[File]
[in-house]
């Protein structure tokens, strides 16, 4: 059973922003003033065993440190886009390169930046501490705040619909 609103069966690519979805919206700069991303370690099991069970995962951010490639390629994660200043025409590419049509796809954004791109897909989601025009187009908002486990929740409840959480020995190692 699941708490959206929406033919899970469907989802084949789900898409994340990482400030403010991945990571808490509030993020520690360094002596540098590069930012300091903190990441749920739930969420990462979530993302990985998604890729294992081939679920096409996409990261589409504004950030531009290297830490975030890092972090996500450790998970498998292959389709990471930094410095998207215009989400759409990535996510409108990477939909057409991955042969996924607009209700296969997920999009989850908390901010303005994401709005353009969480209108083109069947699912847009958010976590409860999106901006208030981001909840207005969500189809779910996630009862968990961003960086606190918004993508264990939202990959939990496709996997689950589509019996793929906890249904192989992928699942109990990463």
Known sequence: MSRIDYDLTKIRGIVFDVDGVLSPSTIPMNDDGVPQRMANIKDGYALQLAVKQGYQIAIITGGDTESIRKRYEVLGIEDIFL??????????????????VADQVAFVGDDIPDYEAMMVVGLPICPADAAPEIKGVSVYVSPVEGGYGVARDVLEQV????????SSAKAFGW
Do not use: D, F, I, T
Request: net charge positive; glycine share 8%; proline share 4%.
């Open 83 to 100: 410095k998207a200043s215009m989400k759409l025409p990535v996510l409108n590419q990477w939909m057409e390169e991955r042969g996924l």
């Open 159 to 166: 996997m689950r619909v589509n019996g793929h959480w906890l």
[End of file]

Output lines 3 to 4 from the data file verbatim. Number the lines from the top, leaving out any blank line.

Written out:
Known sequence: MSRIDYDLTKIRGIVFDVDGVLSPSTIPMNDDGVPQRMANIKDGYALQLAVKQGYQIAIITGGDTESIRKRYEVLGIEDIFL??????????????????VADQVAFVGDDIPDYEAMMVVGLPICPADAAPEIKGVSVYVSPVEGGYGVARDVLEQV????????SSAKAFGW
Do not use: D, F, I, T